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Showing posts from December, 2020

Christmas In Dark Places

It used to be summer when Christmas came round.  Underneath tall southern skies over sun scorched ground. With the backyard cricket, the barbies, the beach, and munching on mangoes to watch the Queen’s Speech. The slathering of sunscreen, the glorious glare And toasting the glow in the warm evening air. It used to be summer when I was young. A golden age in a land far flung. But there came a point, I crossed a divide, went up in the world and summer had died. December is dark now, the nights close in. So we huddle together as kith and as kin. It’s winter now when Christmas rolls round, We celebrate still though with different surrounds. We mull the wine and strike the matches, Light the fires, batten the hatches, Gather around the warming beam Of family love or a TV screen. So safe inside, no place to go, we toast marshmallows and let it snow. Our summer’s gone, if you’ve been around, you’ve felt the fall: life’s run aground. We’ve gone up in the world, seen summer die. So what’s our h

White Fragility, A Review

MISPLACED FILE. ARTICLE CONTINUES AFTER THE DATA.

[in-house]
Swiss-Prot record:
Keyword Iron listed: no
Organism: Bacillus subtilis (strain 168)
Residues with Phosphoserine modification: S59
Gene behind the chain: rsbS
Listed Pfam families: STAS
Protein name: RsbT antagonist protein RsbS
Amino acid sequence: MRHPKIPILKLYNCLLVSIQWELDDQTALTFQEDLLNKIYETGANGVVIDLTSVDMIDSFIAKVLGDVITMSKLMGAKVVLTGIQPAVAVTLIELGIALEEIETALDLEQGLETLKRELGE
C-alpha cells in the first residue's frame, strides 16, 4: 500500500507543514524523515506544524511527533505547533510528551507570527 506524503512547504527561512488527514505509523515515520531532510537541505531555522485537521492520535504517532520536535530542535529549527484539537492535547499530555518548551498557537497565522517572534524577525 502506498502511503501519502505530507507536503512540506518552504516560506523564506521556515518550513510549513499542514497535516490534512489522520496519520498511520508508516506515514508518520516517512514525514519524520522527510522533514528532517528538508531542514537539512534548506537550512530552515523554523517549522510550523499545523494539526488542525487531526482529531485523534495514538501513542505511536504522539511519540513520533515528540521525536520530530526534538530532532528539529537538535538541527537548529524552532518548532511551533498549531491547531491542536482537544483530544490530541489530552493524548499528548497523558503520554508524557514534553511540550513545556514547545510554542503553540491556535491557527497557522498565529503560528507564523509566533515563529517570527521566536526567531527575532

Robin DiAngelo has a sermon to preach. It is in form of a short popular book called White Fragilit y. Straight off the bat she tells us not to expect balanced analysis but a forceful argument “unapologetically rooted in identity politics”.  She understands identity politics as “the [political] focus on the barriers specific groups face in their struggle for equality”. The group she wants to save is black people, whom she blankets under “people of colour”.  So what is White Fragility about?  DiAngelo is sick and tired of white racism in the western world, and specifically the USA. She believes every white person, including babies, are guilty of racism by virtue of being white. So she wants to use her “insider status” as a white American woman to challenge this white racism by getting her fellow “white progressives” to force forward her thesis. In her words, “I am white...and I am mainly writing to a white audience”. I was immediately tempted to put down the book because being black Afri